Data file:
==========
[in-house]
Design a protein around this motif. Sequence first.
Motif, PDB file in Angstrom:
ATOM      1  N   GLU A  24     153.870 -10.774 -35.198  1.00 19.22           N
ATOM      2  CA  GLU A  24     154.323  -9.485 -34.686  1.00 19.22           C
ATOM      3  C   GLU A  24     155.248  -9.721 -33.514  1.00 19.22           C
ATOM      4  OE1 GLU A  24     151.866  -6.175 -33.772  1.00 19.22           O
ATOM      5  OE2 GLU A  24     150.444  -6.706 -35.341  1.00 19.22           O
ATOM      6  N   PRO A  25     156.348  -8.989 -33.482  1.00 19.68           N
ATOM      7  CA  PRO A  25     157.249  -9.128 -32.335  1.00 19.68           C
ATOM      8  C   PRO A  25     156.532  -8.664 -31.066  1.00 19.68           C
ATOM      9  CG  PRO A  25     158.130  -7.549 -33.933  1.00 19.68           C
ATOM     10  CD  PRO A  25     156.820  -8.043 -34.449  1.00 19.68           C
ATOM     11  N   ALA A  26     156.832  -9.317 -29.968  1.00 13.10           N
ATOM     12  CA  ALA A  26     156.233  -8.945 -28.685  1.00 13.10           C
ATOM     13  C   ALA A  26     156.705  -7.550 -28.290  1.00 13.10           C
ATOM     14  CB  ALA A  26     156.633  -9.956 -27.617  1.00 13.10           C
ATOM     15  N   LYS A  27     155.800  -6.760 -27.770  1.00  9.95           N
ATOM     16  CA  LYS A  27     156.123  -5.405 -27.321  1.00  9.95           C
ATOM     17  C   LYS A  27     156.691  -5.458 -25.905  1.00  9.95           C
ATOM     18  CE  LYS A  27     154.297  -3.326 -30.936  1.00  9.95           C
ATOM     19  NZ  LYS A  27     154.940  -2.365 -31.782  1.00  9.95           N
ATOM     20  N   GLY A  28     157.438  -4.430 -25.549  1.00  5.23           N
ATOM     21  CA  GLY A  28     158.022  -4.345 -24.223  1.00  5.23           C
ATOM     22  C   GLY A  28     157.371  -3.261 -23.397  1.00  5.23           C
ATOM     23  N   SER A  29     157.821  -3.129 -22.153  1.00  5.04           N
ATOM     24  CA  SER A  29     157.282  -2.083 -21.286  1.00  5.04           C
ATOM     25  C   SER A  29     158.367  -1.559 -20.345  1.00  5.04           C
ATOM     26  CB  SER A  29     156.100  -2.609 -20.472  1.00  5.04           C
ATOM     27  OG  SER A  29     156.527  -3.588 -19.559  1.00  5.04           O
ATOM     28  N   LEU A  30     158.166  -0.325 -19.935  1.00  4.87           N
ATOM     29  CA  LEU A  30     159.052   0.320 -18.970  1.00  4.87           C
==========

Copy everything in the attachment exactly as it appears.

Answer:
[in-house]
Design a protein around this motif. Sequence first.
Motif, PDB file in Angstrom:
ATOM      1  N   GLU A  24     153.870 -10.774 -35.198  1.00 19.22           N
ATOM      2  CA  GLU A  24     154.323  -9.485 -34.686  1.00 19.22           C
ATOM      3  C   GLU A  24     155.248  -9.721 -33.514  1.00 19.22           C
ATOM      4  OE1 GLU A  24     151.866  -6.175 -33.772  1.00 19.22           O
ATOM      5  OE2 GLU A  24     150.444  -6.706 -35.341  1.00 19.22           O
ATOM      6  N   PRO A  25     156.348  -8.989 -33.482  1.00 19.68           N
ATOM      7  CA  PRO A  25     157.249  -9.128 -32.335  1.00 19.68           C
ATOM      8  C   PRO A  25     156.532  -8.664 -31.066  1.00 19.68           C
ATOM      9  CG  PRO A  25     158.130  -7.549 -33.933  1.00 19.68           C
ATOM     10  CD  PRO A  25     156.820  -8.043 -34.449  1.00 19.68           C
ATOM     11  N   ALA A  26     156.832  -9.317 -29.968  1.00 13.10           N
ATOM     12  CA  ALA A  26     156.233  -8.945 -28.685  1.00 13.10           C
ATOM     13  C   ALA A  26     156.705  -7.550 -28.290  1.00 13.10           C
ATOM     14  CB  ALA A  26     156.633  -9.956 -27.617  1.00 13.10           C
ATOM     15  N   LYS A  27     155.800  -6.760 -27.770  1.00  9.95           N
ATOM     16  CA  LYS A  27     156.123  -5.405 -27.321  1.00  9.95           C
ATOM     17  C   LYS A  27     156.691  -5.458 -25.905  1.00  9.95           C
ATOM     18  CE  LYS A  27     154.297  -3.326 -30.936  1.00  9.95           C
ATOM     19  NZ  LYS A  27     154.940  -2.365 -31.782  1.00  9.95           N
ATOM     20  N   GLY A  28     157.438  -4.430 -25.549  1.00  5.23           N
ATOM     21  CA  GLY A  28     158.022  -4.345 -24.223  1.00  5.23           C
ATOM     22  C   GLY A  28     157.371  -3.261 -23.397  1.00  5.23           C
ATOM     23  N   SER A  29     157.821  -3.129 -22.153  1.00  5.04           N
ATOM     24  CA  SER A  29     157.282  -2.083 -21.286  1.00  5.04           C
ATOM     25  C   SER A  29     158.367  -1.559 -20.345  1.00  5.04           C
ATOM     26  CB  SER A  29     156.100  -2.609 -20.472  1.00  5.04           C
ATOM     27  OG  SER A  29     156.527  -3.588 -19.559  1.00  5.04           O
ATOM     28  N   LEU A  30     158.166  -0.325 -19.935  1.00  4.87           N
ATOM     29  CA  LEU A  30     159.052   0.320 -18.970  1.00  4.87           C